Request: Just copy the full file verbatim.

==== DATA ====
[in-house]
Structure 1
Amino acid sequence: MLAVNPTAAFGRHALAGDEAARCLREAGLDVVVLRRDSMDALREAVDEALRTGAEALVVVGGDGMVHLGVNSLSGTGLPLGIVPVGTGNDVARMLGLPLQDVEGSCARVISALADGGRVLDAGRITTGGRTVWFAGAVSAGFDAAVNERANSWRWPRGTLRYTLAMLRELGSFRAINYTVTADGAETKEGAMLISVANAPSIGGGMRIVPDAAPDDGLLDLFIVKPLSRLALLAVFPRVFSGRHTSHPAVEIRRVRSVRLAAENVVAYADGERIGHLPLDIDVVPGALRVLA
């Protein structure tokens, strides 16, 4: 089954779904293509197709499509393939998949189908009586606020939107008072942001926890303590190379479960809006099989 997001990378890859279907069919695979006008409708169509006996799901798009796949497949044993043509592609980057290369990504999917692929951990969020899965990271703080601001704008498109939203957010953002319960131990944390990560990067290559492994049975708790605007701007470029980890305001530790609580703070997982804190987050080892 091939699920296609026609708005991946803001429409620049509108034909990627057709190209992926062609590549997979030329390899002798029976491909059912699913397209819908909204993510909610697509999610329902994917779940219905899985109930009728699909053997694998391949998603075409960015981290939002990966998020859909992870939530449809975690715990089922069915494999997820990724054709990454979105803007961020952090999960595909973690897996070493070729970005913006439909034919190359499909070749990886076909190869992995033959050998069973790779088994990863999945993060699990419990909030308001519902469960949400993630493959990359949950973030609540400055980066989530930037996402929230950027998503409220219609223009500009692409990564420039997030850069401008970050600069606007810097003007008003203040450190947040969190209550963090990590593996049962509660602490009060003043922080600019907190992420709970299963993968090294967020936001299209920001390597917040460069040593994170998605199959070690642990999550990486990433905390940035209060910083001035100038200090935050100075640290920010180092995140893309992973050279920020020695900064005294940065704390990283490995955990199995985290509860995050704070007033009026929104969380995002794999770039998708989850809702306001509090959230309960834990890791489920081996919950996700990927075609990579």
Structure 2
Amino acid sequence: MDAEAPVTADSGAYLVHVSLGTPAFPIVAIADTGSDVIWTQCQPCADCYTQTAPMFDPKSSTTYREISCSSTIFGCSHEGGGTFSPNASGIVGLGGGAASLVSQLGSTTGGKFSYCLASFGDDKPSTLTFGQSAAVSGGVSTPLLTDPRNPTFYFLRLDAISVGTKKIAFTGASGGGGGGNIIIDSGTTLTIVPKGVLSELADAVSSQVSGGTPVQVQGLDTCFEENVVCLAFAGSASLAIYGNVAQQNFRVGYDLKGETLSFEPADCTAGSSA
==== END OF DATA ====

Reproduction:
[in-house]
Structure 1
Amino acid sequence: MLAVNPTAAFGRHALAGDEAARCLREAGLDVVVLRRDSMDALREAVDEALRTGAEALVVVGGDGMVHLGVNSLSGTGLPLGIVPVGTGNDVARMLGLPLQDVEGSCARVISALADGGRVLDAGRITTGGRTVWFAGAVSAGFDAAVNERANSWRWPRGTLRYTLAMLRELGSFRAINYTVTADGAETKEGAMLISVANAPSIGGGMRIVPDAAPDDGLLDLFIVKPLSRLALLAVFPRVFSGRHTSHPAVEIRRVRSVRLAAENVVAYADGERIGHLPLDIDVVPGALRVLA
């Protein structure tokens, strides 16, 4: 089954779904293509197709499509393939998949189908009586606020939107008072942001926890303590190379479960809006099989 997001990378890859279907069919695979006008409708169509006996799901798009796949497949044993043509592609980057290369990504999917692929951990969020899965990271703080601001704008498109939203957010953002319960131990944390990560990067290559492994049975708790605007701007470029980890305001530790609580703070997982804190987050080892 091939699920296609026609708005991946803001429409620049509108034909990627057709190209992926062609590549997979030329390899002798029976491909059912699913397209819908909204993510909610697509999610329902994917779940219905899985109930009728699909053997694998391949998603075409960015981290939002990966998020859909992870939530449809975690715990089922069915494999997820990724054709990454979105803007961020952090999960595909973690897996070493070729970005913006439909034919190359499909070749990886076909190869992995033959050998069973790779088994990863999945993060699990419990909030308001519902469960949400993630493959990359949950973030609540400055980066989530930037996402929230950027998503409220219609223009500009692409990564420039997030850069401008970050600069606007810097003007008003203040450190947040969190209550963090990590593996049962509660602490009060003043922080600019907190992420709970299963993968090294967020936001299209920001390597917040460069040593994170998605199959070690642990999550990486990433905390940035209060910083001035100038200090935050100075640290920010180092995140893309992973050279920020020695900064005294940065704390990283490995955990199995985290509860995050704070007033009026929104969380995002794999770039998708989850809702306001509090959230309960834990890791489920081996919950996700990927075609990579």
Structure 2
Amino acid sequence: MDAEAPVTADSGAYLVHVSLGTPAFPIVAIADTGSDVIWTQCQPCADCYTQTAPMFDPKSSTTYREISCSSTIFGCSHEGGGTFSPNASGIVGLGGGAASLVSQLGSTTGGKFSYCLASFGDDKPSTLTFGQSAAVSGGVSTPLLTDPRNPTFYFLRLDAISVGTKKIAFTGASGGGGGGNIIIDSGTTLTIVPKGVLSELADAVSSQVSGGTPVQVQGLDTCFEENVVCLAFAGSASLAIYGNVAQQNFRVGYDLKGETLSFEPADCTAGSSA